This is the reply I got from my email to Don Wittenberger. I sent a follow-up email and asked if I could share his answer.
Here is his email:
When Larry Horton, the original owner of Rivendell Mountain Works, went bankrupt in 1981, I purchased the Rivendell assets from the bankruptcy court and went to Victor, Idaho, with a rental truck to retrieve the patterns, inventory, equipment, etc. I have been the sole owner of Rivendell Mountain Works ever since, and the original Bombshelter Tent patterns are currently stored in my home.
Eric Hardee and I have known each other for over 25 years, and he worked with me for many years to restart limited production of Jensen Packs. He now makes a few packs for public sale, using the original patterns, under a licensing agreement.
The tent is a more difficult nut to crack. It has some non-standard components that must be custom-sourced in commercial quantities (for example, the poles must be custom manufactured), which requires a substantial financial investment up front. Another obstacle has been the amount of time and work a project of this scope requires, which wasn't practical when I was working full time.
Now that I'm retired, and have income beyond our family's needs, reviving the tent is more feasible. There are, however, a number of preliminary things that have to be done. Some of the wood patterns are damaged and must be replaced. Hot cutting the fabric can't be done in the basement or garage because of the fumes; I'll have to build a shed to house a cutting table. (This is a problem for Eric, too.) Possibly prototyping work can begin next year, but an initial production run of tents for public sale is still at least a couple years away. I expect my production methodology to mimic Horton's in the 1970s, that is, the tents will be made one at a time, which means if someone wants to use a special fabric or wants custom features, that can be done, as long as my cutting and sewing equipment will handle the special fabric. The one thing I plan to do differently is that Horton didn't stock the tents and didn't make them until an order came in, whereas I plan to make a standardized product and keep several in inventory. However, even in this modus operandi, customizing requests could be accomodated.
I am, however, a proponent of a simple standard version of this tent, using the original design that had sidewalls of ordinary ripstop and a coated nylon rainfly. I have no plans to produce a Gore-Tex version. Although Horton made a few Gore-Tex Bombshelter Tents toward the end, I think he did this more to get on the Gore-Tex bandwagon than for practical reasons. From a design standpoint, I don't like the Gore-Tex idea, and try to steer people away from it, for a couple of reasons. One, the rainfly does much more than keep rain out. It stiffens the entire structure considerably, so you'll want to use the fly if strong winds are encountered, no matter what material the sidewalls are made of. It's true Don Jensen never used a fly and didn't design one (it was designed by Larry Horton), but Jensen was climbing in Alaska, where the mountain environment is arid and what precipitation there is falls as snow, so he didn't need one. This environment is more or less unique to Alaska, and almost everywhere else you'll need a fly. Second, plain ripstop breathes better than Gore-Tex, so you get less condensation.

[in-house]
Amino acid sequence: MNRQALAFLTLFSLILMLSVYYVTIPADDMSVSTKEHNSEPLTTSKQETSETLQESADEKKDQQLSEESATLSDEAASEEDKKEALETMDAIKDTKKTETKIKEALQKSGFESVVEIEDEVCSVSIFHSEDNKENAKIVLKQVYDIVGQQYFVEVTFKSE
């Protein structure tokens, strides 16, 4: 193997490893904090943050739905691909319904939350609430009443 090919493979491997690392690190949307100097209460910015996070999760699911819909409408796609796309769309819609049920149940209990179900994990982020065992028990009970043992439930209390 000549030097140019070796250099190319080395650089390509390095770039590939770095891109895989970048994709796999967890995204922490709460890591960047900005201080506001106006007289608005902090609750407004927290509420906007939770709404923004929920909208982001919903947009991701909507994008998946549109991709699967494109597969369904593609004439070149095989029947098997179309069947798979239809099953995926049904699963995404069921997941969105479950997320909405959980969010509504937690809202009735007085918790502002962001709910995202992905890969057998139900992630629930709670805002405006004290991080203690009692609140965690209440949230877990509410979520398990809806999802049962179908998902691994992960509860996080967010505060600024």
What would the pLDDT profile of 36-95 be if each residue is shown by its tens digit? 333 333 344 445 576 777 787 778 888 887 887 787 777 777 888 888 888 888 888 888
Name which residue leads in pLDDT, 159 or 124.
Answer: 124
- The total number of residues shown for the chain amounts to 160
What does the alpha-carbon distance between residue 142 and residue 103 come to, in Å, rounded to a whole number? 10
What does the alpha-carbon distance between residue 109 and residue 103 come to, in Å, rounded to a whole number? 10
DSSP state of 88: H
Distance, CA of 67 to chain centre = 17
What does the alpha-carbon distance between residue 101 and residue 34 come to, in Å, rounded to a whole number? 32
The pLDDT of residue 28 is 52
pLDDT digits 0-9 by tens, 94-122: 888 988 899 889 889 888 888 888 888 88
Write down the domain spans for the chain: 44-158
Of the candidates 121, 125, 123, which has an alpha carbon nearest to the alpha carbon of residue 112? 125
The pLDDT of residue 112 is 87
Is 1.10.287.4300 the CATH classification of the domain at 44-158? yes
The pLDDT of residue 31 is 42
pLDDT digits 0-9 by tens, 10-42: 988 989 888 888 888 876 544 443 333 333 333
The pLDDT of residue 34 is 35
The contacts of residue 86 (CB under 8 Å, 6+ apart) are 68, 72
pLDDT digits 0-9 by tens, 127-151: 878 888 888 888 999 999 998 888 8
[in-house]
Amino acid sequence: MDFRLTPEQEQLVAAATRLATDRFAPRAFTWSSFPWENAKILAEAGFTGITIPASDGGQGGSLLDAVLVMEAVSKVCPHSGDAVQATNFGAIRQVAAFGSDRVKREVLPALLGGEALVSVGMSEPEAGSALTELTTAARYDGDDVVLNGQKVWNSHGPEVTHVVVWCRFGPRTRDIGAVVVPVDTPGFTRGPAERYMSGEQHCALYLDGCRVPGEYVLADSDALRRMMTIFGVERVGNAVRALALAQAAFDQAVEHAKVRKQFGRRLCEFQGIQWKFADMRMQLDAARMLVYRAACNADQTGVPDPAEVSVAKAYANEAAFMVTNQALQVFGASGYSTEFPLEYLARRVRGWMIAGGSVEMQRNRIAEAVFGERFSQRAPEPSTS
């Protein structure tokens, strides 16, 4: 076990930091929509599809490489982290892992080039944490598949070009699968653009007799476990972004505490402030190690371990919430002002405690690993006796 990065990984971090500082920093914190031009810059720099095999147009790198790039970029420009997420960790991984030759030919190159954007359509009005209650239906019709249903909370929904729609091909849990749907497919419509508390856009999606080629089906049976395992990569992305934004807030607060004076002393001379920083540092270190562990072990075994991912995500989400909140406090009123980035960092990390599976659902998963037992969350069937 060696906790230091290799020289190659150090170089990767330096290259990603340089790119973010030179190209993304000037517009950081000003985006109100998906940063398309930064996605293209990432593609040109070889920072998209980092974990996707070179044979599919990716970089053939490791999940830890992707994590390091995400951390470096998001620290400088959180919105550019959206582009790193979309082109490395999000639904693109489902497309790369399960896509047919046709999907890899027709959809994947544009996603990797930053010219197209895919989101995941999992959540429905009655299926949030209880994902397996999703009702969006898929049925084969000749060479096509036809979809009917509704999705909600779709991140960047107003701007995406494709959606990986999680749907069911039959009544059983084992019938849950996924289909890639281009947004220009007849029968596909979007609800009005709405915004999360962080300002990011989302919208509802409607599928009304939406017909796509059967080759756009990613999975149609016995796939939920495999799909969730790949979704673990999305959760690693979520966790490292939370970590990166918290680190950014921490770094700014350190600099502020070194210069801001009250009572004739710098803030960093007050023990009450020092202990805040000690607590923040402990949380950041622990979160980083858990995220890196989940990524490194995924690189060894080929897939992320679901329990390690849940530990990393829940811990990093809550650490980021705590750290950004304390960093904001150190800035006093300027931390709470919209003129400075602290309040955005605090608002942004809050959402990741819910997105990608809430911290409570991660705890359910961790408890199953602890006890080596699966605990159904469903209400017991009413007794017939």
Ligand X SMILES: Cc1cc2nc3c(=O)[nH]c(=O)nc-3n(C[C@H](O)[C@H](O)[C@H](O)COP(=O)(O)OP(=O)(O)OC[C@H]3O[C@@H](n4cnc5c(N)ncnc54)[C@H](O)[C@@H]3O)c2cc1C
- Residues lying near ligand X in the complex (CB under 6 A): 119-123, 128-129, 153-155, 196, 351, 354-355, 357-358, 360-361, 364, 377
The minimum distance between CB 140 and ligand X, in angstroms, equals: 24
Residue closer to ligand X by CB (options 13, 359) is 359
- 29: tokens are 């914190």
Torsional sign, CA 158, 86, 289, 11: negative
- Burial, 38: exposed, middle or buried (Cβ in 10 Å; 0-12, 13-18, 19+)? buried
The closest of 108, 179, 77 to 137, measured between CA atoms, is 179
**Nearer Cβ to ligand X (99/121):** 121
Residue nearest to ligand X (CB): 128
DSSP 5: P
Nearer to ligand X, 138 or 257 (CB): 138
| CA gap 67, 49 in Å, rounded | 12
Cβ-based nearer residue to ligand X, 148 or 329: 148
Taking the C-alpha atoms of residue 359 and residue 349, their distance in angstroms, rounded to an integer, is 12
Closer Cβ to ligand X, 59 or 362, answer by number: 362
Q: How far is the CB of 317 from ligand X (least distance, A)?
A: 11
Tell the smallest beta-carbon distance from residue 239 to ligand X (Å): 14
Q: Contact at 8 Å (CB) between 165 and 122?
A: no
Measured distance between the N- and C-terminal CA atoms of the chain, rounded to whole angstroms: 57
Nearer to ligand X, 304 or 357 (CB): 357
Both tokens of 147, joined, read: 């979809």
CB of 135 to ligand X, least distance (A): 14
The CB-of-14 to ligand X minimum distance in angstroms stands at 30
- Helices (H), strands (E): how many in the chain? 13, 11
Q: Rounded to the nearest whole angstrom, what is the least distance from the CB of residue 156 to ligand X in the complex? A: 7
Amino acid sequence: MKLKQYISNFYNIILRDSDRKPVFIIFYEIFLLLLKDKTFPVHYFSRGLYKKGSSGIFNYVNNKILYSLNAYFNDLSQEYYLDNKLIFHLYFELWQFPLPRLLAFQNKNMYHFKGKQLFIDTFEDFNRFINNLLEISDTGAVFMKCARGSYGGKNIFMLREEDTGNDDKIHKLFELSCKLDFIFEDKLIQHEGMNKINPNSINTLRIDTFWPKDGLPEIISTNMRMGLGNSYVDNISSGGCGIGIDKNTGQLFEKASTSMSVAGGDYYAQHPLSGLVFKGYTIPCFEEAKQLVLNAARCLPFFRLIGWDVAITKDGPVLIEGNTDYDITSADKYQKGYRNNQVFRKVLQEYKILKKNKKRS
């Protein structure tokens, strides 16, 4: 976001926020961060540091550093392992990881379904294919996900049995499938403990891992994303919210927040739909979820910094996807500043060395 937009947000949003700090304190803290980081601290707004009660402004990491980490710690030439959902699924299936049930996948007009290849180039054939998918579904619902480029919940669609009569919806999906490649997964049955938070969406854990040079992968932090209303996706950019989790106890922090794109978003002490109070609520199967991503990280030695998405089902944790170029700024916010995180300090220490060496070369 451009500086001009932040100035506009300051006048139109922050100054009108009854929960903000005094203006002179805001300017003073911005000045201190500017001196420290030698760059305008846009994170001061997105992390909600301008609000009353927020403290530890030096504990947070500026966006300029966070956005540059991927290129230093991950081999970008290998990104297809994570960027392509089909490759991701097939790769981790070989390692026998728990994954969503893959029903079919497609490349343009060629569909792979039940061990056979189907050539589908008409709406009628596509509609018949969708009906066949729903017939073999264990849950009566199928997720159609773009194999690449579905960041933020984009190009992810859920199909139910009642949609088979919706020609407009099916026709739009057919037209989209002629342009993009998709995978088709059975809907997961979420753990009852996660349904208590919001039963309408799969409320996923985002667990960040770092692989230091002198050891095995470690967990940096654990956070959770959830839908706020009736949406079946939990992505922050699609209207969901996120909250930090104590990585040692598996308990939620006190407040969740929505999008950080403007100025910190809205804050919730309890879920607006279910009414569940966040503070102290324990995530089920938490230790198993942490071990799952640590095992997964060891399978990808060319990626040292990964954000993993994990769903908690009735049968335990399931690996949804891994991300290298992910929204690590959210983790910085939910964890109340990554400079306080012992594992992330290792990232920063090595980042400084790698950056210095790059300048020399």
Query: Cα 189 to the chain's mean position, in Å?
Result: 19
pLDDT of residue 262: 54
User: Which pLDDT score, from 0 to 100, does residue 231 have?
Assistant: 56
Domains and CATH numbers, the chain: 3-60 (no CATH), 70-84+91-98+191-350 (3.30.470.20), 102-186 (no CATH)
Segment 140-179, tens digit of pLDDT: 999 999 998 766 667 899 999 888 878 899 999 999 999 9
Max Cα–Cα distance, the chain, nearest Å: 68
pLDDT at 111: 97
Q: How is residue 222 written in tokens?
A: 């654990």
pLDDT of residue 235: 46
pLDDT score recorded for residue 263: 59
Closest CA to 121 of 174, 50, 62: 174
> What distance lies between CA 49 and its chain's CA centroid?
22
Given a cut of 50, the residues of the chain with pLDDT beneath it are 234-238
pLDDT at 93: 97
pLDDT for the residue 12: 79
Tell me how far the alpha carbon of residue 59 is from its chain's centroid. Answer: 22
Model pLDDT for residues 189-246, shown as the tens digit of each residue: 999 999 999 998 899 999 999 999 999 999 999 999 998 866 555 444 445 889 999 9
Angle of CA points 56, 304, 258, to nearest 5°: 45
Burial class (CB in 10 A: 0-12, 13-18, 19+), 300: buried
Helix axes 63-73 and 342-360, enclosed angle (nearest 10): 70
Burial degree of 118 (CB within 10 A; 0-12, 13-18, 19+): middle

I think the same considerations apply to exotic fabrics such as Cuben. You want to ask yourself what your reason is for using such a material. If the objective is to save weight or bulk, the savings will be minimal. The floor, poles, and fly comprise about 2/3rds of the weight and bulk of the tent; if you make the sidewalls of a fabric weighing a third as much as ripstop, you'll hardly notice the difference because you're saving less than 10% of the total weight of the tent. Once things are up and running, I'd be willing to consider making tents of special fabrics on request, but I think people should really think this through first. Another point to consider is that, in terms of strength, any failure is much more likely to be at the seams than the fabric tearing, and when you use a super-high-strength fabric made from very thin threads, there's not much for the thread to grip and no matter what the tear strength of the fabric is, this approach could significantly weaken the seams. You need a certain amount of fabric bulk to maintain seam strength.